The bright lights of New York and Los Angeles are supposed to be unlike anything else. Supposedly, that’s why Dwight Howard couldn’t cut it with the L.A. Lakers – he didn’t know how to handle the limelight and pressure of playing in such a huge media market. And yet, even though that theory often makes its way around NBA circles, Jeremy Lin’s inaugural campaign with the Houston Rockets pretty much single-handedly disproves it entirely
While playing with the New York Knicks two years ago, Lin shined before he ultimately got hurt. With very little in the way of support, he put up the best totals of his career and turned himself into an international superstar. A year later, under a much less glaring spotlight, he apparently felt more pressure to succeed than he ever had in his life.
During a recent event with fans, Lin expounded on precisely how much the stress got to him last season.
“As the 2012-13 season started, I was supposed to be the cornerstone of the Houston Rockets,” he said. “I was supposed to be their new leader, the main guy to finally lead the Rockets back to the NBA playoffs. I was expecting to come in and pick up right where I left off [in New York]. I was ready to invigorate the entire city of Houston.
"All across Houston, you could see my face on the billboards. I thought I looked so cool. I was supposed to save Houston basketball, but most importantly I was ready to be Linsanity. As I’ve seen many times in my life, what actually happened was nothing like what I had planned.”
How bad did it get? Well…
“On Dec. 15, 2012, I wrote in my diary: ‘I’m tired and weary and can’t wait for the season to end.’ I went on to write, ‘I haven’t been able to eat or sleep recently. I’m just tossing and turning with anxiety. What if I lose my spot as a starter? What if I have to be the back-up the rest of the season? What happens if my back-ups are actually better than me?’
“I became so obsessed with becoming a great basketball player. I was so obsessed with living up to my contract and I became so obsessed with trying to be Linsanity, being this phenomenon that took the NBA and the world by storm. Linsanity was supposed to be my breakthrough, where I went from being stuck on the bench to experiencing new freedom as an up-and-coming star. Houston was supposed to be a fresh start, a new beginning, a new journey.”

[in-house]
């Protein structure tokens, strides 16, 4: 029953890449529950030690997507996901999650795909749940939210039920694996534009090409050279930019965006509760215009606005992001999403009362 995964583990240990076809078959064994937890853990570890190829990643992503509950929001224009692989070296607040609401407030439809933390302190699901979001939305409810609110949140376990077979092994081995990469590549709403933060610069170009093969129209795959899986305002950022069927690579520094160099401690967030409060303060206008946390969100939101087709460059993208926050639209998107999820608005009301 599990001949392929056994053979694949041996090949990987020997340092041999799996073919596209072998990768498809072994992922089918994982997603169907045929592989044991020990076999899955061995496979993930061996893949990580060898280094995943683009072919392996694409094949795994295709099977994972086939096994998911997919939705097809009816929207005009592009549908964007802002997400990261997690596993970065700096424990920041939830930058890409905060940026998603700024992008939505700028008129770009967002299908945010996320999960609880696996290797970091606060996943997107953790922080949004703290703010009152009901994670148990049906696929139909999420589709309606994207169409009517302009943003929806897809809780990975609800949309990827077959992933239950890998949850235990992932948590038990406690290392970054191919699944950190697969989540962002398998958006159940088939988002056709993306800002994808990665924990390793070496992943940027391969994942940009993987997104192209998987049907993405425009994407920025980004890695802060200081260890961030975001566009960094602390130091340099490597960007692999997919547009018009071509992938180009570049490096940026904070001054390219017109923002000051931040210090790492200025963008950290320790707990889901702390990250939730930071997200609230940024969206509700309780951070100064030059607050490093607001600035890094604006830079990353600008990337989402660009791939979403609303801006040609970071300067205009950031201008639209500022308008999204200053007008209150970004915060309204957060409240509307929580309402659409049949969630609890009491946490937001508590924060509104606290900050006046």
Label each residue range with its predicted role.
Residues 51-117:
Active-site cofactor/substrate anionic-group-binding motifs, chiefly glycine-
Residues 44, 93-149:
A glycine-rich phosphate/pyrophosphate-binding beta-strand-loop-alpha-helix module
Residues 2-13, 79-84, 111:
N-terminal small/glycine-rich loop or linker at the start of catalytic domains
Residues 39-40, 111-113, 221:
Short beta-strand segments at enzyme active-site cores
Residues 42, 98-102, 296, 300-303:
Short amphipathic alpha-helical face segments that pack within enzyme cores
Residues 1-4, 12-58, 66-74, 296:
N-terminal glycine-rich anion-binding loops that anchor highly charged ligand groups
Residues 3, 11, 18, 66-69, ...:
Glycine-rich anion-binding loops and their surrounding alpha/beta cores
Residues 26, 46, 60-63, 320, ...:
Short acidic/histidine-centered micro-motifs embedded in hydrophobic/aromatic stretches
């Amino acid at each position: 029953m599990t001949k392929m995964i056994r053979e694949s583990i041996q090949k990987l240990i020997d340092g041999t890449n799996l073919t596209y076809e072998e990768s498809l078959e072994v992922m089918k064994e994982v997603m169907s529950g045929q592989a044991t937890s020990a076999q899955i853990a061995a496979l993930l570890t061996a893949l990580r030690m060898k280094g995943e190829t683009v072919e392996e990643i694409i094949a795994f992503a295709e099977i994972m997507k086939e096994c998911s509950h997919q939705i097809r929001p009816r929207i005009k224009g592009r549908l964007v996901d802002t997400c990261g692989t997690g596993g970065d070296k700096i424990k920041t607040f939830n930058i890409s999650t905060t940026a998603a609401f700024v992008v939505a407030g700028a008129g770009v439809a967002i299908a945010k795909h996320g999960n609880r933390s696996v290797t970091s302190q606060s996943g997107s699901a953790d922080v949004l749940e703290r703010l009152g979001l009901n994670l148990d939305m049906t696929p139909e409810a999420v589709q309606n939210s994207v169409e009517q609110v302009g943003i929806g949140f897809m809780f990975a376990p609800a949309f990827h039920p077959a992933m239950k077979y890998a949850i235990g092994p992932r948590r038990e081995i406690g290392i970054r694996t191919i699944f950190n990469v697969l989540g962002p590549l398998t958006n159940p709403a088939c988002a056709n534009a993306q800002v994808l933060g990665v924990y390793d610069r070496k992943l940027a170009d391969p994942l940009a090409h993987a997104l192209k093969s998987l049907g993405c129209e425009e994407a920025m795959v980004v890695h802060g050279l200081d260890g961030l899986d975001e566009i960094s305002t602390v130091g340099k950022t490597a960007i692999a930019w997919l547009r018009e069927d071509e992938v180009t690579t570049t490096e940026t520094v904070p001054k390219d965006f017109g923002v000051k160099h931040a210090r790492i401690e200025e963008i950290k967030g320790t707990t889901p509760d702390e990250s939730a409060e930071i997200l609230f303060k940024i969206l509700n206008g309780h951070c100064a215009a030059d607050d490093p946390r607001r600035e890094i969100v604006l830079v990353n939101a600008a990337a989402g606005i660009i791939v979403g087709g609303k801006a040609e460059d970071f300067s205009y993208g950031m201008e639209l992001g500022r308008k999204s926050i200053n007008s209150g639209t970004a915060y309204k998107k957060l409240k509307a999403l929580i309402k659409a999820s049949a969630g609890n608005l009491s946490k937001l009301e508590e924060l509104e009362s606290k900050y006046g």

The funny thing is, even though he had never previously acknowledged this stuff, it was bright as day to anyone who had followed his career. The carefree, easy going nature that made him so appealing in that first summer league game when he showed up John Wall, it gone in Houston. With the way he moved on the court, it was as if the pressure was literally weighing him down.
Last week, Daryl Morey conducted a Reddit AMA with fans. One in particular asked him about Lin’s struggles with the Rockets. His response was, well, bizarre.
It is amazing to me that all the time I encounter people feeling negative about Jeremy's season with us. I have chalked this up to:
-- he started off slow, mostly do to getting 100% back from injury
-- very high, unrealistic expectations after his time in New York
-- had a rough ending in the playoffs, again due to injury
-- people generally remember starts & ends more than anything else
-- people generally compare things to their expectations when forming opinions versus look at the big picture
Last year was Jeremy's 1st full year in the league. Essentially his rookie year. If last season would have been his rookie year and he never would have played in New York, right now people would be appropriately talking about him incessantly as one of the top young rookie stars in the league. He was the starting point guard on a playoff team in West at age 24!!! Don't get me started on this. Too late...
While a lot of that is true, a lot of it is also nonsense. Particularly the expectations and experience parts. Clearly Lin had the same expectations for himself as everyone else did. He essentially said this much in that session with fans.
Lin is only 24 years old. His story has plenty of time to be written in whatever way he wants it to be written. But for now, it’s interesting to sit back and note that the most intense pressure he’s had to deal with to date didn’t come under intense glare of New York media scrutiny, but in “little” ol’ Houston.
Good luck, Dwight Howard.